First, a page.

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I filed an application to the Landlord and Tenant Board. How do I present my case at the hearing?

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I filed an application to the Landlord and Tenant Board. How do I present my case at the hearing?
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Advocacy Centre for Tenants Ontario (ACTO)
Landlord and Tenant Board (LTB)

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I filed an application to the Landlord and Tenant Board. How do I present my case at the hearing?
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Reviewed: 
October 31, 2016
Answer

If you filed an application and you have not been able to resolve your problem by talking to your landlord or by going to mediation, a member of the Landlord and Tenant Board will hold a hearing to decide what should happen.

A hearing at the Board is like a court case, but less formal.

At the hearing you have to prove that your landlord didn’t follow the law or the tenancy agreement. You do this by asking witnesses questions and giving evidence to the Board.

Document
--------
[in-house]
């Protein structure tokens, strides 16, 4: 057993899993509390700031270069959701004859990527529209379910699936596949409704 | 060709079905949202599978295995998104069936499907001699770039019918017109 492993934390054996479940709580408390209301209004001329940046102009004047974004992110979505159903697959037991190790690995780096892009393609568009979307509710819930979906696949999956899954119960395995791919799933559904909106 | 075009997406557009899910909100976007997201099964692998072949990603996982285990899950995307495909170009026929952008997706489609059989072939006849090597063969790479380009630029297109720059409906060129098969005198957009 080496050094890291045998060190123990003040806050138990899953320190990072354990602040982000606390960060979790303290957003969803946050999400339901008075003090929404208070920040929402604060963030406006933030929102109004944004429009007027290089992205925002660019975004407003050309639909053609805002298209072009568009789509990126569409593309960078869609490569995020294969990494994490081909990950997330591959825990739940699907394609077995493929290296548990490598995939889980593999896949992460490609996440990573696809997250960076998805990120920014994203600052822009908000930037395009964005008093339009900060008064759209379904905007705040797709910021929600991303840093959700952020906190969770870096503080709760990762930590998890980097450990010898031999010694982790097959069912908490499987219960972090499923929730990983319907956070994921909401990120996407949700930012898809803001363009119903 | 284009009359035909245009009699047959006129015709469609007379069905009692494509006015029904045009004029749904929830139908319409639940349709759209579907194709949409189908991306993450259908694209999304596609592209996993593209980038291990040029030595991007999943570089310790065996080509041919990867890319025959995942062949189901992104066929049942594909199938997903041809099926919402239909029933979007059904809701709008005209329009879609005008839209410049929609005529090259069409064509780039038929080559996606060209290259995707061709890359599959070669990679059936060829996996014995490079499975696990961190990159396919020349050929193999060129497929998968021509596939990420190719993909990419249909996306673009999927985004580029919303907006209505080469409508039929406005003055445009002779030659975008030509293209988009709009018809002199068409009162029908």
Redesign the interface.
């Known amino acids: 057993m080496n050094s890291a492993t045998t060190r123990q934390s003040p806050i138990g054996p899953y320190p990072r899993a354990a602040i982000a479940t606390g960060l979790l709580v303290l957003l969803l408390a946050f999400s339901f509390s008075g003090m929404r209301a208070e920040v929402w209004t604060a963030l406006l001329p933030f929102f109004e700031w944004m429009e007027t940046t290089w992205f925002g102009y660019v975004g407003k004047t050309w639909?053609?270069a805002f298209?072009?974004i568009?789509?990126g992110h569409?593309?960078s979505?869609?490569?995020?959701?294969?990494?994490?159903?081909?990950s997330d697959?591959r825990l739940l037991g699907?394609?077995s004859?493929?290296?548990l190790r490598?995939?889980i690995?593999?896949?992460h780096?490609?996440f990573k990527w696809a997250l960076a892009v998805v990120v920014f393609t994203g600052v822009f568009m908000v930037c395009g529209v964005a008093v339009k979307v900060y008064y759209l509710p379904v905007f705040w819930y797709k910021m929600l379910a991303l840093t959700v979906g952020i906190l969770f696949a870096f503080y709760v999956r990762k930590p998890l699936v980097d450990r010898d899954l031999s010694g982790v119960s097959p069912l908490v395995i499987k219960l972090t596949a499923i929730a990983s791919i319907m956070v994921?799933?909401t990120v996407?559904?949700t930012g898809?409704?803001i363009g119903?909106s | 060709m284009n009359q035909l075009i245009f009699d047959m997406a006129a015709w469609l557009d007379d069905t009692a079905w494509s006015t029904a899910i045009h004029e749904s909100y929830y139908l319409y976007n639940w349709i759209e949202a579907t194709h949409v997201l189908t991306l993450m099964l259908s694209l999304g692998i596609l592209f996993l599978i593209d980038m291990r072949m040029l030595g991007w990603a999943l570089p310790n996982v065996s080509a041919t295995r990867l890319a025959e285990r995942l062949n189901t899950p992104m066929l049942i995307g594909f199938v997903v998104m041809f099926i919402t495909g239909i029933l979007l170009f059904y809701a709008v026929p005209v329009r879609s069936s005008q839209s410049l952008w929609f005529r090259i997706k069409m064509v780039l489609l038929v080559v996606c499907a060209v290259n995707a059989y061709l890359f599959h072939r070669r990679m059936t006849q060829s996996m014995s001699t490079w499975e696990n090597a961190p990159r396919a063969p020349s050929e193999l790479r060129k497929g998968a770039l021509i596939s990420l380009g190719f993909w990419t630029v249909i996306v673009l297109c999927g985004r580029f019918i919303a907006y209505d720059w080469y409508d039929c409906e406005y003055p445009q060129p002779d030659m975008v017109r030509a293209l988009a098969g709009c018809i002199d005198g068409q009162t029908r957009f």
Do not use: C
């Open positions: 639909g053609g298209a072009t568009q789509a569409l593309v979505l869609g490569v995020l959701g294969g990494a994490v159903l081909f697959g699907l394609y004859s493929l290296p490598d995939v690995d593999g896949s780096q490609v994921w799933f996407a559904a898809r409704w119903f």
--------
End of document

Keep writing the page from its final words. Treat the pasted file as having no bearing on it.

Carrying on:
Your landlord will give their side of the story by also using witnesses or evidence.

Your landlord has the right to question your witnesses and evidence. And, you have the right to question your landlord’s witnesses or evidence. 

After listening to all the witnesses and looking at the evidence from you and from your landlord, the Board member will make a decision. They will write that decision in an Order.

Get legal advice

It can be hard to present a case at the Board. If you need legal advice or help at your hearing, there are places to get legal help.

Or you can talk to Tenant Duty Counsel. Tenant Duty Counsel are lawyers and community legal workers at the Board who give legal advice and may be able to help you if you do not have a lawyer or legal worker.

Types of hearings

There are 2 types of hearings when tenants apply to the Board.

Oral hearings are held in person. You and the landlord must come to the location given in the Notice of Hearing. Most Board hearings are oral hearings.

You must bring any documents, witnesses, or other evidence that you have to your hearing.

Oral hearings are almost always public. This means that other landlords and tenants or members of the public could be watching your hearing.

Electronic hearings are sometimes scheduled by the Board when the rental unit is in a rural or remote location. They can be held by telephone or videoconference.

You and the landlord must send any documents or other evidence to the Board and to each other before the hearing.

All Board hearings are recorded. The recording is not available to the public but you or your landlord can order a copy if you need it.

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